17 Sep 2015 01:54 PM

Issued on behalf of Scotland’s Drinking Water Quality Regulator.

Most private water supplies in Scotland comply with drinking water standards but a significant minority need to make further improvements, according to the latest report from Scotland’s Drinking Water Quality Regulator (DWQR).

Around 3.5 per cent of the Scottish population receive their water from a private water supply rather than from Scottish Water. The care and maintenance of these supplies is the responsibility of the owners and users. Some of these supplies serve hotels, tourist accommodation and other businesses.

In 2014, a total of 44,812 tests were taken from Type A private water supplies – those serving more than 50 people or a commercial activity. Of these, 94 per cent met the required standard. However, 13.4 per cent of samples taken from Type A supplies last year contained the E. coli bacterium, which indicates they are not receiving the appropriate treatment necessary to make the water safe. There has been a marginal improvement on last year’s figure of 13.6 per cent.

Sue Petch the Drinking Water Quality Regulator said:

“It is important that private water supplies are well managed and maintained so that they are safe to drink. There is much that people responsible for a private water supply can do to protect water sources and ensure that there is an appropriate and robust treatment process in place – and although E.coli levels have improved on last year, there is still plenty of opportunity for improvement. I am working with local authorities and other stakeholders to improve awareness and explain how people can take care of their private water supply. I urge everyone with a private water supply to take advantage of the support and advice that can be accessed through their local environmental health department.”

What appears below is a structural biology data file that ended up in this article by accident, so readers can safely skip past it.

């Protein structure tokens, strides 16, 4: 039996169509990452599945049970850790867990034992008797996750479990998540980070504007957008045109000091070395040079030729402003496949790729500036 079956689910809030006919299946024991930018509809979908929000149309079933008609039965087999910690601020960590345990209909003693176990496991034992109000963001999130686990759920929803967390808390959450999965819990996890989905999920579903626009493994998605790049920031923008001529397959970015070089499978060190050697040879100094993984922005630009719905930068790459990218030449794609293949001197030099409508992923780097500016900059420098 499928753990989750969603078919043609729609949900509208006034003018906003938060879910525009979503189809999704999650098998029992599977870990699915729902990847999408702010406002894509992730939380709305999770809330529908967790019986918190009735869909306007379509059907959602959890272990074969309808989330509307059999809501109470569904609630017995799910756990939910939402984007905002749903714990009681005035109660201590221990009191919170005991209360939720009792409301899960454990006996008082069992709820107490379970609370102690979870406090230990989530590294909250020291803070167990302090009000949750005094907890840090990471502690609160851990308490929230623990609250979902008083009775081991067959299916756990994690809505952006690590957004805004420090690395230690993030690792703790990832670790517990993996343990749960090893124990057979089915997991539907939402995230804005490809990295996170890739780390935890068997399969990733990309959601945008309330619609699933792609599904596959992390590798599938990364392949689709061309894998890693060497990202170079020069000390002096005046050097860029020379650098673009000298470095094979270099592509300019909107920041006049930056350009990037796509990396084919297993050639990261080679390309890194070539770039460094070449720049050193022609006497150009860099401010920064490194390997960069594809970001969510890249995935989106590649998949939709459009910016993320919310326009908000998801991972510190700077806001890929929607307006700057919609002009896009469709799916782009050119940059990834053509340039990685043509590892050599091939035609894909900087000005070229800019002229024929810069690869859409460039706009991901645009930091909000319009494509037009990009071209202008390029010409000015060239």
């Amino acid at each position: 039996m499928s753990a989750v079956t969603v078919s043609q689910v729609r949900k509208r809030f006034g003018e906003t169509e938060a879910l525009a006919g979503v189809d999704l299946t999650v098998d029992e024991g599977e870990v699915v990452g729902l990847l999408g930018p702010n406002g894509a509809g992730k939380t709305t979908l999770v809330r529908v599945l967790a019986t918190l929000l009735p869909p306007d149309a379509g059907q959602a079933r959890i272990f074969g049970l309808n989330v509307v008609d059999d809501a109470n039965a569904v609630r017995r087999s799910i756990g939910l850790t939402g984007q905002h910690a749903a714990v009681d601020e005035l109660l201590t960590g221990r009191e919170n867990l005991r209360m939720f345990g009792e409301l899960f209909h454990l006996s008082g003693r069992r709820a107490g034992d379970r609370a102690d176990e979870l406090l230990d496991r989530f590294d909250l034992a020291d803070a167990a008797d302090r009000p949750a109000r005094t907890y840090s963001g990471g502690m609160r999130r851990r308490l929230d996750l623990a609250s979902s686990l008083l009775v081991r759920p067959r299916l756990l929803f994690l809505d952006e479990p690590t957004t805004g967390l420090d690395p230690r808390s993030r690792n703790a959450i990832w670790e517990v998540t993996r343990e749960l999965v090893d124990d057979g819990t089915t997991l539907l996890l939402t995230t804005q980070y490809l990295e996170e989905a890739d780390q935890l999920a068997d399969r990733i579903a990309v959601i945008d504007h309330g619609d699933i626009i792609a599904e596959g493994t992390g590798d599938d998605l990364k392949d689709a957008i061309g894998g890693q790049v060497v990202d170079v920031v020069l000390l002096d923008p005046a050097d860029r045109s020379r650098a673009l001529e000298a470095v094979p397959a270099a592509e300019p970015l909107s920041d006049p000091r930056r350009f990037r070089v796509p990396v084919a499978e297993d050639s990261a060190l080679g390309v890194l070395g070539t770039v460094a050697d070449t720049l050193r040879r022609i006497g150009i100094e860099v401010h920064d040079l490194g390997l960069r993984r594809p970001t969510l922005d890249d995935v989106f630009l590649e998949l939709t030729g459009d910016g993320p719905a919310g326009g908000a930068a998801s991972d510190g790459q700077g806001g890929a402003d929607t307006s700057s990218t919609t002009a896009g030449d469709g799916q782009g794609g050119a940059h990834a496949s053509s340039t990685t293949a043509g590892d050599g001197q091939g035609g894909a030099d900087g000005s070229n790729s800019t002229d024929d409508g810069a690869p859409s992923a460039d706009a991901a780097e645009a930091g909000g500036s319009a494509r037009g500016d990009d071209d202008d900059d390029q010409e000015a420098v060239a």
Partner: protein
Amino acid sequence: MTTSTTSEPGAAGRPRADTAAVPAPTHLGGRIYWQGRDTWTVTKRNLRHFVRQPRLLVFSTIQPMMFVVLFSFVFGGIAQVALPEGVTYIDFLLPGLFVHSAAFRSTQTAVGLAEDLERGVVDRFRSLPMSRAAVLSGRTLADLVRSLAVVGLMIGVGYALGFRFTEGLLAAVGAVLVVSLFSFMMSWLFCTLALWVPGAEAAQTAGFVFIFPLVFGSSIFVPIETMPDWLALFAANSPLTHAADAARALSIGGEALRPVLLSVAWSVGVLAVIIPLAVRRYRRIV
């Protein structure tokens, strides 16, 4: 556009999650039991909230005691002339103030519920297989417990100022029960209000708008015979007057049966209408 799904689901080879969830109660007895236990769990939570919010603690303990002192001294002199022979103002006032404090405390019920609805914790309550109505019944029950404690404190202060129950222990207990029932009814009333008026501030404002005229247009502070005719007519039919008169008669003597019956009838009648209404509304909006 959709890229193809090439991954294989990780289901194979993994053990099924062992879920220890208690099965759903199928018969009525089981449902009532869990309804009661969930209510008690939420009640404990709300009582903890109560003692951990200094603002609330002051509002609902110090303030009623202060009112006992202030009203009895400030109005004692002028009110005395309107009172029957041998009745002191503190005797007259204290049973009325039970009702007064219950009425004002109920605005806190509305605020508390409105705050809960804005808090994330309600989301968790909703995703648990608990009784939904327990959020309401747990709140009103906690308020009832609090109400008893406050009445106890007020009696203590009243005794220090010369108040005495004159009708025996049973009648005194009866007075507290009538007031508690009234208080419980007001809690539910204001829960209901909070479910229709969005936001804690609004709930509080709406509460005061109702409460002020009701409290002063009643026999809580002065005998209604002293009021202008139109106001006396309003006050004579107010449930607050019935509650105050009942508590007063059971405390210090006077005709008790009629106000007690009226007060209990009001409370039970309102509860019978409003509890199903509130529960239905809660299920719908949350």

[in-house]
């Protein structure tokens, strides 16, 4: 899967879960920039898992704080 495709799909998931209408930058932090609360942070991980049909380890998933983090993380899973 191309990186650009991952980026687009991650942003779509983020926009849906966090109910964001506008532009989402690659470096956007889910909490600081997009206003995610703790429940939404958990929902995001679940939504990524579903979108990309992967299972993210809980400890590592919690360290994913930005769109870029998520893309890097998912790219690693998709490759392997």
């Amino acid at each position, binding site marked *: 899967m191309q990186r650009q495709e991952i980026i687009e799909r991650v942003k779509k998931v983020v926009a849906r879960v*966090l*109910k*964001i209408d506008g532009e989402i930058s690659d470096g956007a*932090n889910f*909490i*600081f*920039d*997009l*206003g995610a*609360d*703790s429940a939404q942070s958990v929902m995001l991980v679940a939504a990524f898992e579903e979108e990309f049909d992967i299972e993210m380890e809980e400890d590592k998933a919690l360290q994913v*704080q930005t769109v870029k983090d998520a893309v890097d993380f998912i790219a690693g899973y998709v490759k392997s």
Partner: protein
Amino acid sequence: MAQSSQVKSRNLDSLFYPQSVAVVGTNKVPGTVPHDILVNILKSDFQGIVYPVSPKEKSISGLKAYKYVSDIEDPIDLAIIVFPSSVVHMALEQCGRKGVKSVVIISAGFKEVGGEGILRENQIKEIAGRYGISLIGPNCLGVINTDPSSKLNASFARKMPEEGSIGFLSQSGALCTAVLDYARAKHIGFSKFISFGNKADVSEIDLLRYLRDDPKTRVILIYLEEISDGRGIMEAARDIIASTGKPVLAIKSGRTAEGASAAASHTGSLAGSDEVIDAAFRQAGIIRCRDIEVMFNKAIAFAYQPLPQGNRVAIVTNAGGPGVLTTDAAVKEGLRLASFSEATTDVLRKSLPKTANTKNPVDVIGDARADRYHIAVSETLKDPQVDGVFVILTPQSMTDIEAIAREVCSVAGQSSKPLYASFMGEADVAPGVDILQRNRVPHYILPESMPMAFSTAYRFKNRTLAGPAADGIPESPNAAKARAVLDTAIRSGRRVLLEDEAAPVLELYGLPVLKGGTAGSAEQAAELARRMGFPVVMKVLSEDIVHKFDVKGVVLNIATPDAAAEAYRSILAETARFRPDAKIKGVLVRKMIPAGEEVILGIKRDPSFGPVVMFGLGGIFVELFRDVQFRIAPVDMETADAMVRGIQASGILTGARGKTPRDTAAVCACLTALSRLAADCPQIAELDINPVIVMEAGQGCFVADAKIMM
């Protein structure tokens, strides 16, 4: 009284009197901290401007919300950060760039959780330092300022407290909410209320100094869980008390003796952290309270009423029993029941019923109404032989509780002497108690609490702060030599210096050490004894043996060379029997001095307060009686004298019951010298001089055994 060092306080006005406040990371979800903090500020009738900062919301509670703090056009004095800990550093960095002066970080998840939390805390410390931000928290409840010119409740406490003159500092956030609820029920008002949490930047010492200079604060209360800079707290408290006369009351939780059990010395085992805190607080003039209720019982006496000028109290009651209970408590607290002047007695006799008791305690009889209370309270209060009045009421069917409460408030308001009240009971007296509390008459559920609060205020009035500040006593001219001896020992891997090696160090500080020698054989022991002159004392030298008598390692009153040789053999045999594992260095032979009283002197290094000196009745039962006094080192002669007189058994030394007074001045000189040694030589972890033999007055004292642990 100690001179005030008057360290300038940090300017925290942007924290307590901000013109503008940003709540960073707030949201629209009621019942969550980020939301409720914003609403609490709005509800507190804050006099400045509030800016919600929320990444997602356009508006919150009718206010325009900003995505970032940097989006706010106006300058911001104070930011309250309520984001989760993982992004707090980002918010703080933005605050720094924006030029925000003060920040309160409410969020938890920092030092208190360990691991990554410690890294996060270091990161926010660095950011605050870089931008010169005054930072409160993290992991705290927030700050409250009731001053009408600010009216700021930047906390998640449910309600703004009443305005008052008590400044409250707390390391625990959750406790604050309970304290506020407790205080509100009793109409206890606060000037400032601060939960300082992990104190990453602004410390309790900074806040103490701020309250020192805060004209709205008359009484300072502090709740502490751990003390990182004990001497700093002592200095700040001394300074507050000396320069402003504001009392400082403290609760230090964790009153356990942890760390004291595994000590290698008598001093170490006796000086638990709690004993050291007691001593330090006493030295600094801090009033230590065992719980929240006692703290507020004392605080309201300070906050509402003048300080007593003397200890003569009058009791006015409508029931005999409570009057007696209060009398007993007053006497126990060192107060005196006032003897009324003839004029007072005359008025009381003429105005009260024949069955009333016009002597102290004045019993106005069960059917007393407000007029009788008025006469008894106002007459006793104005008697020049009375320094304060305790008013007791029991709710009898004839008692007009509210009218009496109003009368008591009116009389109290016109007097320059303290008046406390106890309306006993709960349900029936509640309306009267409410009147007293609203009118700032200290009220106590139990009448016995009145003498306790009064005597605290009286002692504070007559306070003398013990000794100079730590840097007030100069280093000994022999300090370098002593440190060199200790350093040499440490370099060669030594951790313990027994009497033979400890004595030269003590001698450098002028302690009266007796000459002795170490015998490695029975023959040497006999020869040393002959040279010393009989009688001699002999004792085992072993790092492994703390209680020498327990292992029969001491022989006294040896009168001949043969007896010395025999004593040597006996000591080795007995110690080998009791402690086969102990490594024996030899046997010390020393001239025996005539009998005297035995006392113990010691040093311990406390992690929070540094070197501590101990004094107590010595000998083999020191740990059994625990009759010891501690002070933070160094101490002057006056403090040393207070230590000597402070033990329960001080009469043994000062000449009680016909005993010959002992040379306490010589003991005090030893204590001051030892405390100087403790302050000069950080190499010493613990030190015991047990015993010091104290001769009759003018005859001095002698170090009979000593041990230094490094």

Where tourist accommodation is served by a private water supply, a notice is required to be displayed to make visitors aware. Those wishing to improve their private supply can make use of grant funding provided by the Scottish Government. Anyone seeking advice or financial support can access this by contacting the environmental health department of their local authority.

Notes To Editors

A full copy of Drinking Water Quality in Scotland – Private Water Supplies 2014 is available atwww.dwqr.org.uk